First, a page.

Woody Allen on Woody Allen

Front Cover
Grove Press, 1995 - Performing Arts - 288 pages
2 Reviews
Woody Allen on Woody Allen is a unique self-portrait of this uncompromising filmmaker that offers a revealing account of his life and work. In a series of rare, in-depth interviews, Allen brings us onto the sets and behind the scenes of all his films. Woody Allen on Woody Allen is punctuated with his memories and opinions: afternoon movie-watching while growing up in Brooklyn; anecdotes about the film industry; discussions of favorite films, most inspirational actresses, most revered cinematographers; his love of jazz; his fascination with the city of New York. From his youthful interest in the nonsensical surrealism of Charlie Chaplin and the Marx Brothers to the poetic lyricism of Ingmar Bergman, the conversations in Woody Allen on Woody Allen reveal the broad influences of Woody Allen's eclectic vision and bring him closer, in all his vulnerable complexity, than ever before.

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About the author (1995)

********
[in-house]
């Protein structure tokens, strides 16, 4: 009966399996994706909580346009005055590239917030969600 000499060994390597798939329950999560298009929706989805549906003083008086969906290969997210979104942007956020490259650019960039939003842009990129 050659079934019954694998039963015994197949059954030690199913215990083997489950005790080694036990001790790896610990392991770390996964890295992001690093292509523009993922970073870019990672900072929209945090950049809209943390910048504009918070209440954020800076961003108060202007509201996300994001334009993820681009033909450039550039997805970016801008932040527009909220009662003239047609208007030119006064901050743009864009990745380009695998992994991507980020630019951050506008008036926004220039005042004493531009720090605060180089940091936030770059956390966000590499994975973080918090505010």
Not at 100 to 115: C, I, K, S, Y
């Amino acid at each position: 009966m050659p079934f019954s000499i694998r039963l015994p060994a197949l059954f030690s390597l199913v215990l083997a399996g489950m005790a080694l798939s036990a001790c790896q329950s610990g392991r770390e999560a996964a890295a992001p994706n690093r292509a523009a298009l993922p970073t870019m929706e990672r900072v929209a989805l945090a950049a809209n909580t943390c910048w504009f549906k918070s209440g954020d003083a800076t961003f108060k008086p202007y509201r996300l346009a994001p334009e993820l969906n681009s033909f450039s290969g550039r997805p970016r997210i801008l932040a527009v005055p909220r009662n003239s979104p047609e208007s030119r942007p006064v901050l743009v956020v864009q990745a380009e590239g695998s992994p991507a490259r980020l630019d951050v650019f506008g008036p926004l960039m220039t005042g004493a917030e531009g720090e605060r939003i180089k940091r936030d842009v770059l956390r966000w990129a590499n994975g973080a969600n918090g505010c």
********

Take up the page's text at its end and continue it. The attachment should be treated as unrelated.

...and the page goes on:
Allen's favorite personality-the bemused neurotic, the perpetual worrywart, the born loser-dominates his plays, his movies, and his essays. A native New Yorker, Allen attended local schools and despised them, turning early to essay writing as a way to cope with his Since his apprenticeship, writing gags for comedians such as Sid Caesar and Garry Moore, the image he projects-of a "nebbish from Brooklyn"-has developed into a personal metaphor of life as a concentration camp from which no one escapes alive. Allen wants to be funny, but isn't afraid to be serious either-even at the same time. His film Annie Hall, co-written with Marshall Brickman and winner of four Academy Awards, was a subtle, dramatic development of the contemporary fears and insecurities of American life. In her review of Love and Death, Judith Christ wrote that Allen was more interested in the character rather than the cartoon, the situation rather than the set-up, and the underlying madness rather than the surface craziness. Later Allen films, such as Crimes and Misdemeanors or Husbands and Wives, take on a far more somber and philosophic tone, which has delighted some critics and appalled others. In Allen's essays and fiction reprinted from the New Yorker, Getting Even New Yorker, (1971), Without Feathers (1975), and Side Effects (1980), the situations and characters don't just speak to us, they are us.

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